To say that sporting disciplines have been dealt a bad hand this year is an understatement. A lot of local meets in The Bahamas and the North American, Central American and Caribbean (NACAC) region had to be canceled but the NACAC president, Bahamian Mike Sands, is hopeful that big meets like the CARIFTA Games and the postponed Summer Olympic Games are able to take place next year without any further setbacks.
Sands made the comments during an interview with Trinidad and Tobago’s Trinidad Express Reporter Kwame Laurence.
Sands said that the 2021 Olympics, which is set to be held in Tokyo, Japan, is going to happen even if there have to be restrictions in place.
“With today’s modern science and the will by so many countries and others collaborating to find a vaccine, I am confident that the world will be in a far better place in the coming year, which will permit the Olympic Games to take place, even if there are certain restrictions that have to be applied, which I also understand is under consideration,” Sands said.
The CARIFTA Games was set to be held this past Easter holiday weekend, from April 11-13 in Hamilton, Bermuda. That was postponed to next year, set to be held at the same location.
“One of the most difficult decisions we were forced to make as an executive council was the cancellation of our marquee junior event, the CARIFTA Games, but, like the 2021 Olympic Games, I am confident that the 2021 CARIFTA Games will take place,” Sands said.
He added that they are in constant communication with the athletic leadership in that regard.
As for NACAC athletes receiving financial assistance during this time to assist them with their preparation for the upcoming season, Sands said he is aware that athletes have received some funding. One of the funding streams he mentioned was the one that World Athletics (WA) with assistance from the International Athletics Foundation (IAF) started back in April of this year. Another source of funding for the athletes came from different National Olympic Committees (NOC).
Several Bahamian professional athletes such as Shaunae Miller-Uibo, Steven Gardiner, Anthonique Strachan and Tynia Gaither were able to participate in different NACAC member federations’ locations during the summer under certain restrictions due to COVID-19. Sands was satisfied with the efforts that countries such as the United States, Jamaica and Cuba made in hosting meets this year.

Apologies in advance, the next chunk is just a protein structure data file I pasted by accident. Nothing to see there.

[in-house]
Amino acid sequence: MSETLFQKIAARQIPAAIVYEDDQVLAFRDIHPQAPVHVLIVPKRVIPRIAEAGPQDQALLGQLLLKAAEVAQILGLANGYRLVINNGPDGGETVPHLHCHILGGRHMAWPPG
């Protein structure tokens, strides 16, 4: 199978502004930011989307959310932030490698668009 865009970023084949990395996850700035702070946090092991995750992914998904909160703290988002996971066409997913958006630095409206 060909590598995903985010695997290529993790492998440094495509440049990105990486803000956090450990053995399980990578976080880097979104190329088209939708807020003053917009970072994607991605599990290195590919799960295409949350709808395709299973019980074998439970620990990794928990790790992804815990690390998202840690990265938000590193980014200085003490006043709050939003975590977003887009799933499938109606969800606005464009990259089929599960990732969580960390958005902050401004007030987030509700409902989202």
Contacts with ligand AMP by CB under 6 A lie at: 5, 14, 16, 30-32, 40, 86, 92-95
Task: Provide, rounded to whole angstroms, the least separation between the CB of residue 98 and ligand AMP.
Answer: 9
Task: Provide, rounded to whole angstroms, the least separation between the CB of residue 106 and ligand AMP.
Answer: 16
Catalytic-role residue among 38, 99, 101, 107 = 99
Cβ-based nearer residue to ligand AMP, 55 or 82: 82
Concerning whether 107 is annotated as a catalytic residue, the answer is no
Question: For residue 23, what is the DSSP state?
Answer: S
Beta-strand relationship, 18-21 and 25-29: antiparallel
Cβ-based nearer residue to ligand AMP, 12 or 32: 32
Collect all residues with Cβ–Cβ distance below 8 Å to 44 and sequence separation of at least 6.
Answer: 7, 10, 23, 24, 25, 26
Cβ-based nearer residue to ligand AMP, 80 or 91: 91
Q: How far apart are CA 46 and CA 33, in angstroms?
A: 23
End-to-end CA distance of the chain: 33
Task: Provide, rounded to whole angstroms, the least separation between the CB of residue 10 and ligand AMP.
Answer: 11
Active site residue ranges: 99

“I congratulate the member federations for their efforts in hosting meets under the difficult and unusual circumstances. I am also aware that a number of member federations had plans to host competitions. Unfortunately, based on the restrictions placed on gatherings and other established protocols by various member federations health authorities, it became impossible for any other events to take place in the various jurisdictions,” Sands said.
There were some Diamond League meets that took place in Europe that gave athletes a semblance of competition. Sands does not think that NACAC athletes will be at a distinct disadvantage come 2021. He knows that coaches will have to make adjustments and he has confidence that they will do a good job in preparing their athletes for the 2021 season.
Although the COVID-19 pandemic has caused cancellations of physical events, Sands said it has also enabled them to do more frequent virtual meetings and events while bringing the area closer together. He said it has given them the opportunity to rethink strategies and continue implementing technology for future events.
Locally, track and field athletes are now focused on the 2021 season despite being restricted at home or in their local neighborhoods working out due to another surge of COVID-19. In addition, gyms have been shut down again. There is no timetable as to when restrictions will be lifted. However, there are quite a few professional athletes who are overseas and training. In addition, a number of collegiate athletes are in school and have resumed training.